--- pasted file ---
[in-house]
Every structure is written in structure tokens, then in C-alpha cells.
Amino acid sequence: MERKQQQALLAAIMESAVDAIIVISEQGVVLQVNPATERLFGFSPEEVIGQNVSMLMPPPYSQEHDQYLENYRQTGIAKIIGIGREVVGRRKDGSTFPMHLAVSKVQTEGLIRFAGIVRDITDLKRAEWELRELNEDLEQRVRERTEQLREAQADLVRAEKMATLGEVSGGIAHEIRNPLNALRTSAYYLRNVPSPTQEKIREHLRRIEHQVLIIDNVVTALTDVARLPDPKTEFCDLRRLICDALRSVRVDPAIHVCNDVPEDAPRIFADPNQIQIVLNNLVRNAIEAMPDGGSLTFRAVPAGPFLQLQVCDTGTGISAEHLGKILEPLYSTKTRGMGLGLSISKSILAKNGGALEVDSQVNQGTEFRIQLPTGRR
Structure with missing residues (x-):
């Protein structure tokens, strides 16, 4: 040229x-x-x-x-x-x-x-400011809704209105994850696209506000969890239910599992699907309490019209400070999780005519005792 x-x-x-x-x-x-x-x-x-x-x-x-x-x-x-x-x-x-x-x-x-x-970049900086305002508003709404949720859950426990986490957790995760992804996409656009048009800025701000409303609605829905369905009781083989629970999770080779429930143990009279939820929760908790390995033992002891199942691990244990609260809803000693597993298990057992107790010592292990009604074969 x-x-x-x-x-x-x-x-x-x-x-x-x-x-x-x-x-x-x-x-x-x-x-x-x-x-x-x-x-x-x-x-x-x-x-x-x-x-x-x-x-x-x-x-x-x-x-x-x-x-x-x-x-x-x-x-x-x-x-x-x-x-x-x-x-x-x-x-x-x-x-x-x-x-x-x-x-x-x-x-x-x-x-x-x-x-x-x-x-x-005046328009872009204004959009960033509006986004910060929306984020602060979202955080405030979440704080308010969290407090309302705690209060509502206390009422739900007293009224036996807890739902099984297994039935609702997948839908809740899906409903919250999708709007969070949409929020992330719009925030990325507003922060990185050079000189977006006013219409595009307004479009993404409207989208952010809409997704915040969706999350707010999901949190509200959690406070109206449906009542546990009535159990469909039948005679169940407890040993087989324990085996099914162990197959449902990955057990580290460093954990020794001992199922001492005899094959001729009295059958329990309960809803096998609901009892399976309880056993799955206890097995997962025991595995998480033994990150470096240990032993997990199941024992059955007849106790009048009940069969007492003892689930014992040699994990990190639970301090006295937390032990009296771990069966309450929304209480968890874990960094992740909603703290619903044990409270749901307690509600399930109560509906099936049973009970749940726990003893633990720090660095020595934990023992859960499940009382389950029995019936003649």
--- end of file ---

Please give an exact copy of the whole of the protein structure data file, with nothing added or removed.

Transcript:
[in-house]
Every structure is written in structure tokens, then in C-alpha cells.
Amino acid sequence: MERKQQQALLAAIMESAVDAIIVISEQGVVLQVNPATERLFGFSPEEVIGQNVSMLMPPPYSQEHDQYLENYRQTGIAKIIGIGREVVGRRKDGSTFPMHLAVSKVQTEGLIRFAGIVRDITDLKRAEWELRELNEDLEQRVRERTEQLREAQADLVRAEKMATLGEVSGGIAHEIRNPLNALRTSAYYLRNVPSPTQEKIREHLRRIEHQVLIIDNVVTALTDVARLPDPKTEFCDLRRLICDALRSVRVDPAIHVCNDVPEDAPRIFADPNQIQIVLNNLVRNAIEAMPDGGSLTFRAVPAGPFLQLQVCDTGTGISAEHLGKILEPLYSTKTRGMGLGLSISKSILAKNGGALEVDSQVNQGTEFRIQLPTGRR
Structure with missing residues (x-):
């Protein structure tokens, strides 16, 4: 040229x-x-x-x-x-x-x-400011809704209105994850696209506000969890239910599992699907309490019209400070999780005519005792 x-x-x-x-x-x-x-x-x-x-x-x-x-x-x-x-x-x-x-x-x-x-970049900086305002508003709404949720859950426990986490957790995760992804996409656009048009800025701000409303609605829905369905009781083989629970999770080779429930143990009279939820929760908790390995033992002891199942691990244990609260809803000693597993298990057992107790010592292990009604074969 x-x-x-x-x-x-x-x-x-x-x-x-x-x-x-x-x-x-x-x-x-x-x-x-x-x-x-x-x-x-x-x-x-x-x-x-x-x-x-x-x-x-x-x-x-x-x-x-x-x-x-x-x-x-x-x-x-x-x-x-x-x-x-x-x-x-x-x-x-x-x-x-x-x-x-x-x-x-x-x-x-x-x-x-x-x-x-x-x-x-005046328009872009204004959009960033509006986004910060929306984020602060979202955080405030979440704080308010969290407090309302705690209060509502206390009422739900007293009224036996807890739902099984297994039935609702997948839908809740899906409903919250999708709007969070949409929020992330719009925030990325507003922060990185050079000189977006006013219409595009307004479009993404409207989208952010809409997704915040969706999350707010999901949190509200959690406070109206449906009542546990009535159990469909039948005679169940407890040993087989324990085996099914162990197959449902990955057990580290460093954990020794001992199922001492005899094959001729009295059958329990309960809803096998609901009892399976309880056993799955206890097995997962025991595995998480033994990150470096240990032993997990199941024992059955007849106790009048009940069969007492003892689930014992040699994990990190639970301090006295937390032990009296771990069966309450929304209480968890874990960094992740909603703290619903044990409270749901307690509600399930109560509906099936049973009970749940726990003893633990720090660095020595934990023992859960499940009382389950029995019936003649």